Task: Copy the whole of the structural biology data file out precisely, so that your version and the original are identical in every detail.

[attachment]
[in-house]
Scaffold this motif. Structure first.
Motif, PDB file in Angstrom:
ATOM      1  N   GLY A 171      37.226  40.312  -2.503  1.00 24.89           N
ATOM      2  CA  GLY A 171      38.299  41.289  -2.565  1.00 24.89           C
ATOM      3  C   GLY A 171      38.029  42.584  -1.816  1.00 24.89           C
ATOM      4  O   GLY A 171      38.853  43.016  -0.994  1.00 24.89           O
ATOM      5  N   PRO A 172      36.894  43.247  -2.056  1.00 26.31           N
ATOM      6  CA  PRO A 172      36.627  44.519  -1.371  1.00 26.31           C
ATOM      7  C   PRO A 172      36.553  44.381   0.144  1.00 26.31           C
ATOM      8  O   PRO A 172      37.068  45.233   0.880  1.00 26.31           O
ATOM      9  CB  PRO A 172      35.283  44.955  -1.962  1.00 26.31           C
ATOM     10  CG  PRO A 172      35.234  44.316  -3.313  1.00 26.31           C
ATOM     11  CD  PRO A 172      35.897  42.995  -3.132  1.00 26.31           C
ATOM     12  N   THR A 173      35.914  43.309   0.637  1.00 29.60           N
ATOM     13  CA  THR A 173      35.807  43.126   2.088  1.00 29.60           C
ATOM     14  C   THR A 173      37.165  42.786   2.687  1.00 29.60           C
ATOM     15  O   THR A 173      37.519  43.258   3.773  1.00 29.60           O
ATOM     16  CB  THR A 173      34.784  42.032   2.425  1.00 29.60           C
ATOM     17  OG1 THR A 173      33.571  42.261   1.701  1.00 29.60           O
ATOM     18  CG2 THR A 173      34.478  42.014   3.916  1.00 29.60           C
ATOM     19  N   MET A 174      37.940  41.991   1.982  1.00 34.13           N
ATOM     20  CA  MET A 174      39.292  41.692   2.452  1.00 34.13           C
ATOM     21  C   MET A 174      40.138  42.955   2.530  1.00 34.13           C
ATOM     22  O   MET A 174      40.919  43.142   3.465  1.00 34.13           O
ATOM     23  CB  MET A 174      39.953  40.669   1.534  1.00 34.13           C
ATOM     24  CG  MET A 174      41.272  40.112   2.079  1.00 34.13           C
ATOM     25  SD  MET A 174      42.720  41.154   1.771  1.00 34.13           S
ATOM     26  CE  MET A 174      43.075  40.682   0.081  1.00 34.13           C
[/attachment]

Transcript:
[in-house]
Scaffold this motif. Structure first.
Motif, PDB file in Angstrom:
ATOM      1  N   GLY A 171      37.226  40.312  -2.503  1.00 24.89           N
ATOM      2  CA  GLY A 171      38.299  41.289  -2.565  1.00 24.89           C
ATOM      3  C   GLY A 171      38.029  42.584  -1.816  1.00 24.89           C
ATOM      4  O   GLY A 171      38.853  43.016  -0.994  1.00 24.89           O
ATOM      5  N   PRO A 172      36.894  43.247  -2.056  1.00 26.31           N
ATOM      6  CA  PRO A 172      36.627  44.519  -1.371  1.00 26.31           C
ATOM      7  C   PRO A 172      36.553  44.381   0.144  1.00 26.31           C
ATOM      8  O   PRO A 172      37.068  45.233   0.880  1.00 26.31           O
ATOM      9  CB  PRO A 172      35.283  44.955  -1.962  1.00 26.31           C
ATOM     10  CG  PRO A 172      35.234  44.316  -3.313  1.00 26.31           C
ATOM     11  CD  PRO A 172      35.897  42.995  -3.132  1.00 26.31           C
ATOM     12  N   THR A 173      35.914  43.309   0.637  1.00 29.60           N
ATOM     13  CA  THR A 173      35.807  43.126   2.088  1.00 29.60           C
ATOM     14  C   THR A 173      37.165  42.786   2.687  1.00 29.60           C
ATOM     15  O   THR A 173      37.519  43.258   3.773  1.00 29.60           O
ATOM     16  CB  THR A 173      34.784  42.032   2.425  1.00 29.60           C
ATOM     17  OG1 THR A 173      33.571  42.261   1.701  1.00 29.60           O
ATOM     18  CG2 THR A 173      34.478  42.014   3.916  1.00 29.60           C
ATOM     19  N   MET A 174      37.940  41.991   1.982  1.00 34.13           N
ATOM     20  CA  MET A 174      39.292  41.692   2.452  1.00 34.13           C
ATOM     21  C   MET A 174      40.138  42.955   2.530  1.00 34.13           C
ATOM     22  O   MET A 174      40.919  43.142   3.465  1.00 34.13           O
ATOM     23  CB  MET A 174      39.953  40.669   1.534  1.00 34.13           C
ATOM     24  CG  MET A 174      41.272  40.112   2.079  1.00 34.13           C
ATOM     25  SD  MET A 174      42.720  41.154   1.771  1.00 34.13           S
ATOM     26  CE  MET A 174      43.075  40.682   0.081  1.00 34.13           C